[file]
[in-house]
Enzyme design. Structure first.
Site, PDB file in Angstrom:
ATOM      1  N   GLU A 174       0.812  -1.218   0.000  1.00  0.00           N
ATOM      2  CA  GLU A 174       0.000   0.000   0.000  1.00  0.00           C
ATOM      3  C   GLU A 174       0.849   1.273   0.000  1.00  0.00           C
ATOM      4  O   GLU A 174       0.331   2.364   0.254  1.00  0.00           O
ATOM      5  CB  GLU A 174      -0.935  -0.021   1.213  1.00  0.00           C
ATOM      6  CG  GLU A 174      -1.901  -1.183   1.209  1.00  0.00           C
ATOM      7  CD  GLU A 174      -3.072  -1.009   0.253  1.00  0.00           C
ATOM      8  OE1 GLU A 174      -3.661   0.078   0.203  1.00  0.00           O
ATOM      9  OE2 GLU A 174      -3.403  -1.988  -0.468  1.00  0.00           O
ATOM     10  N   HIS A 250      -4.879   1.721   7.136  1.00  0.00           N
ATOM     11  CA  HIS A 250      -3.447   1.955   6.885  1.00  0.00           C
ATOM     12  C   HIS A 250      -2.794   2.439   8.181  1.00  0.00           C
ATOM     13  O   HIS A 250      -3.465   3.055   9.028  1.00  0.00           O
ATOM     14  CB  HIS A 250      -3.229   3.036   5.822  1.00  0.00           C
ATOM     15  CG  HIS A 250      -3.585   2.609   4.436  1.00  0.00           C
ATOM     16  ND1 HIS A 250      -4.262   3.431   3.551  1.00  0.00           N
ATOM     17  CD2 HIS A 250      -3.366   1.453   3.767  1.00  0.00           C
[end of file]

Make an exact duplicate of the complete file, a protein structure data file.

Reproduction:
[in-house]
Enzyme design. Structure first.
Site, PDB file in Angstrom:
ATOM      1  N   GLU A 174       0.812  -1.218   0.000  1.00  0.00           N
ATOM      2  CA  GLU A 174       0.000   0.000   0.000  1.00  0.00           C
ATOM      3  C   GLU A 174       0.849   1.273   0.000  1.00  0.00           C
ATOM      4  O   GLU A 174       0.331   2.364   0.254  1.00  0.00           O
ATOM      5  CB  GLU A 174      -0.935  -0.021   1.213  1.00  0.00           C
ATOM      6  CG  GLU A 174      -1.901  -1.183   1.209  1.00  0.00           C
ATOM      7  CD  GLU A 174      -3.072  -1.009   0.253  1.00  0.00           C
ATOM      8  OE1 GLU A 174      -3.661   0.078   0.203  1.00  0.00           O
ATOM      9  OE2 GLU A 174      -3.403  -1.988  -0.468  1.00  0.00           O
ATOM     10  N   HIS A 250      -4.879   1.721   7.136  1.00  0.00           N
ATOM     11  CA  HIS A 250      -3.447   1.955   6.885  1.00  0.00           C
ATOM     12  C   HIS A 250      -2.794   2.439   8.181  1.00  0.00           C
ATOM     13  O   HIS A 250      -3.465   3.055   9.028  1.00  0.00           O
ATOM     14  CB  HIS A 250      -3.229   3.036   5.822  1.00  0.00           C
ATOM     15  CG  HIS A 250      -3.585   2.609   4.436  1.00  0.00           C
ATOM     16  ND1 HIS A 250      -4.262   3.431   3.551  1.00  0.00           N
ATOM     17  CD2 HIS A 250      -3.366   1.453   3.767  1.00  0.00           C